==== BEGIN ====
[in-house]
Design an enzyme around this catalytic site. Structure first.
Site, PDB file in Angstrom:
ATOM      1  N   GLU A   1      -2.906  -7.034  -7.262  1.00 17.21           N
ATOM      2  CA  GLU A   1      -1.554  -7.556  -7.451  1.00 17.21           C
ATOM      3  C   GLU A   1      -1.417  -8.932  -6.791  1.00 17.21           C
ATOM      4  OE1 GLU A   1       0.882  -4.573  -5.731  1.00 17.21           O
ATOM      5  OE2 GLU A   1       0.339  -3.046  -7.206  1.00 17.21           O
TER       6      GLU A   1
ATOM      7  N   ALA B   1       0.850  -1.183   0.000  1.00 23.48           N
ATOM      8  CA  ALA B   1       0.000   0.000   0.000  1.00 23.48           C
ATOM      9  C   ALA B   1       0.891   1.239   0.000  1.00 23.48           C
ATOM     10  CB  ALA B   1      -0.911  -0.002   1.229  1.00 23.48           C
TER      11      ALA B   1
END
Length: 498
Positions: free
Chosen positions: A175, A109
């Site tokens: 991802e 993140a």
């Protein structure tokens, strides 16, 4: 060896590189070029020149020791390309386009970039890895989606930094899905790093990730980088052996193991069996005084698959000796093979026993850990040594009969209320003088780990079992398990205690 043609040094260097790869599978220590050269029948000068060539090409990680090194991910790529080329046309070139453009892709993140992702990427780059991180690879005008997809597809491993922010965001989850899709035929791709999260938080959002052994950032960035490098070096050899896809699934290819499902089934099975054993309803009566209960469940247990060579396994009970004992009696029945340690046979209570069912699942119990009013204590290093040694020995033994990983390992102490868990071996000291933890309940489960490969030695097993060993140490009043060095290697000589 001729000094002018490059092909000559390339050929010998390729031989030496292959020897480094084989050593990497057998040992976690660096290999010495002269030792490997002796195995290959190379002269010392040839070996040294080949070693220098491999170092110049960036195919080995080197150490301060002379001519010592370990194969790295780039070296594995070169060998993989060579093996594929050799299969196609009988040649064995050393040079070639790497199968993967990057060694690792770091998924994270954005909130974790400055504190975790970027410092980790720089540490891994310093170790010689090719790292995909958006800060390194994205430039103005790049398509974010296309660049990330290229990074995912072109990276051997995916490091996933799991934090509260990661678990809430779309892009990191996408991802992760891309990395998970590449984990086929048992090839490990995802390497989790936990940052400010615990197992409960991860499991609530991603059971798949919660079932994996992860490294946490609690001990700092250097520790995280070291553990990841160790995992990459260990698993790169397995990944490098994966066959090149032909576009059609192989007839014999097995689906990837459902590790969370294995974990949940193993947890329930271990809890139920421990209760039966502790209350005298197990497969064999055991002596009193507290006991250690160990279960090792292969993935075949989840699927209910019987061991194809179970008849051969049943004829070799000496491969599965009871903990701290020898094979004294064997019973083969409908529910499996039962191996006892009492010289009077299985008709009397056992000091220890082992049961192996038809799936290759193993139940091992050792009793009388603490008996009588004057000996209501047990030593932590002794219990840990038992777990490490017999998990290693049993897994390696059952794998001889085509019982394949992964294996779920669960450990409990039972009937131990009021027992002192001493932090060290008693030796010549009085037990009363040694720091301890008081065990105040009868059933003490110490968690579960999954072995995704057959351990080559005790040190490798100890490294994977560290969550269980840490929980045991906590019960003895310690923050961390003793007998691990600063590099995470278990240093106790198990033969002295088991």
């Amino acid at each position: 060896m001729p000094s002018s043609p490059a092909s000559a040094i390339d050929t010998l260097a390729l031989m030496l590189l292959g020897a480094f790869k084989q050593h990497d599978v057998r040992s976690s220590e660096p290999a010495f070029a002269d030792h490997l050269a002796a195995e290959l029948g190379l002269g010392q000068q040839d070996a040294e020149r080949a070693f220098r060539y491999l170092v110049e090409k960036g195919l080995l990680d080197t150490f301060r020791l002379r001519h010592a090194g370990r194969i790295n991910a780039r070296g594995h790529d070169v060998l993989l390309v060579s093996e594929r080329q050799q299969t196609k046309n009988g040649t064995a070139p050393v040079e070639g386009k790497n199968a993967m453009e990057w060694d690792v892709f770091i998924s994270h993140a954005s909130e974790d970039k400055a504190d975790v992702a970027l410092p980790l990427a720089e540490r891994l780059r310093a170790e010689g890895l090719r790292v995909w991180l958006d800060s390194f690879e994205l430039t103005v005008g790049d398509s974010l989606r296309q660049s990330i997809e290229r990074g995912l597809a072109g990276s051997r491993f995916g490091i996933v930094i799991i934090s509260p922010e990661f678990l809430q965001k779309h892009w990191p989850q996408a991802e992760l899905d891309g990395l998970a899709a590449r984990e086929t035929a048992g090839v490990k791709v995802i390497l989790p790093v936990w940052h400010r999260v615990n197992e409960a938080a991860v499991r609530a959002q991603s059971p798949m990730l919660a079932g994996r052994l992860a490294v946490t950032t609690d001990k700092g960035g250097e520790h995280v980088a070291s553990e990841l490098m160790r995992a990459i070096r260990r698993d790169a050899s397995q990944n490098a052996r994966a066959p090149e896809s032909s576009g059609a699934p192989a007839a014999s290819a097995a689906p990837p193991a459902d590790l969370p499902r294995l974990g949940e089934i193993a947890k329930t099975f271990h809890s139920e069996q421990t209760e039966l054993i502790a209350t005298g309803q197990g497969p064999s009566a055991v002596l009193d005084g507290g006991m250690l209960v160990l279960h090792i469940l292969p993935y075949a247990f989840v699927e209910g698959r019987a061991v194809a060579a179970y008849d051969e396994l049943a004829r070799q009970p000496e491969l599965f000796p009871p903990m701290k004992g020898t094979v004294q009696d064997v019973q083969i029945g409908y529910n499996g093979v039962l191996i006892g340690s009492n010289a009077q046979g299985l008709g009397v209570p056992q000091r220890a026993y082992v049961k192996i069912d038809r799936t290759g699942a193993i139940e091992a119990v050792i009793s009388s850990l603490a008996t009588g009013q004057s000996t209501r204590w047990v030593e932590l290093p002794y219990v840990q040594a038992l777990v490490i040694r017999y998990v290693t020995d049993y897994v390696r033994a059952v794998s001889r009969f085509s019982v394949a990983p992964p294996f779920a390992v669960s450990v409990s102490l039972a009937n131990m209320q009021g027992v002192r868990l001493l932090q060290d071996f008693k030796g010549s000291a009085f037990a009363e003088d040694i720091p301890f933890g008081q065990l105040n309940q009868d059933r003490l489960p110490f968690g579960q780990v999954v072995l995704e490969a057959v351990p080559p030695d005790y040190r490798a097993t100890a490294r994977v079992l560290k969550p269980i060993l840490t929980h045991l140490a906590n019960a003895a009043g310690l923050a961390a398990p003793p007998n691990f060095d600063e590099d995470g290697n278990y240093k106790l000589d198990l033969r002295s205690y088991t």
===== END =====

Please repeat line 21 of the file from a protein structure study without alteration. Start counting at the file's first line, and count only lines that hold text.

């Amino acid at each position: 060896m001729p000094s002018s043609p490059a092909s000559a040094i390339d050929t010998l260097a390729l031989m030496l590189l292959g020897a480094f790869k084989q050593h990497d599978v057998r040992s976690s220590e660096p290999a010495f070029a002269d030792h490997l050269a002796a195995e290959l029948g190379l002269g010392q000068q040839d070996a040294e020149r080949a070693f220098r060539y491999l170092v110049e090409k960036g195919l080995l990680d080197t150490f301060r020791l002379r001519h010592a090194g370990r194969i790295n991910a780039r070296g594995h790529d070169v060998l993989l390309v060579s093996e594929r080329q050799q299969t196609k046309n009988g040649t064995a070139p050393v040079e070639g386009k790497n199968a993967m453009e990057w060694d690792v892709f770091i998924s994270h993140a954005s909130e974790d970039k400055a504190d975790v992702a970027l410092p980790l990427a720089e540490r891994l780059r310093a170790e010689g890895l090719r790292v995909w991180l958006d800060s390194f690879e994205l430039t103005v005008g790049d398509s974010l989606r296309q660049s990330i997809e290229r990074g995912l597809a072109g990276s051997r491993f995916g490091i996933v930094i799991i934090s509260p922010e990661f678990l809430q965001k779309h892009w990191p989850q996408a991802e992760l899905d891309g990395l998970a899709a590449r984990e086929t035929a048992g090839v490990k791709v995802i390497l989790p790093v936990w940052h400010r999260v615990n197992e409960a938080a991860v499991r609530a959002q991603s059971p798949m990730l919660a079932g994996r052994l992860a490294v946490t950032t609690d001990k700092g960035g250097e520790h995280v980088a070291s553990e990841l490098m160790r995992a990459i070096r260990r698993d790169a050899s397995q990944n490098a052996r994966a066959p090149e896809s032909s576009g059609a699934p192989a007839a014999s290819a097995a689906p990837p193991a459902d590790l969370p499902r294995l974990g949940e089934i193993a947890k329930t099975f271990h809890s139920e069996q421990t209760e039966l054993i502790a209350t005298g309803q197990g497969p064999s009566a055991v002596l009193d005084g507290g006991m250690l209960v160990l279960h090792i469940l292969p993935y075949a247990f989840v699927e209910g698959r019987a061991v194809a060579a179970y008849d051969e396994l049943a004829r070799q009970p000496e491969l599965f000796p009871p903990m701290k004992g020898t094979v004294q009696d064997v019973q083969i029945g409908y529910n499996g093979v039962l191996i006892g340690s009492n010289a009077q046979g299985l008709g009397v209570p056992q000091r220890a026993y082992v049961k192996i069912d038809r799936t290759g699942a193993i139940e091992a119990v050792i009793s009388s850990l603490a008996t009588g009013q004057s000996t209501r204590w047990v030593e932590l290093p002794y219990v840990q040594a038992l777990v490490i040694r017999y998990v290693t020995d049993y897994v390696r033994a059952v794998s001889r009969f085509s019982v394949a990983p992964p294996f779920a390992v669960s450990v409990s102490l039972a009937n131990m209320q009021g027992v002192r868990l001493l932090q060290d071996f008693k030796g010549s000291a009085f037990a009363e003088d040694i720091p301890f933890g008081q065990l105040n309940q009868d059933r003490l489960p110490f968690g579960q780990v999954v072995l995704e490969a057959v351990p080559p030695d005790y040190r490798a097993t100890a490294r994977v079992l560290k969550p269980i060993l840490t929980h045991l140490a906590n019960a003895a009043g310690l923050a961390a398990p003793p007998n691990f060095d600063e590099d995470g290697n278990y240093k106790l000589d198990l033969r002295s205690y088991t």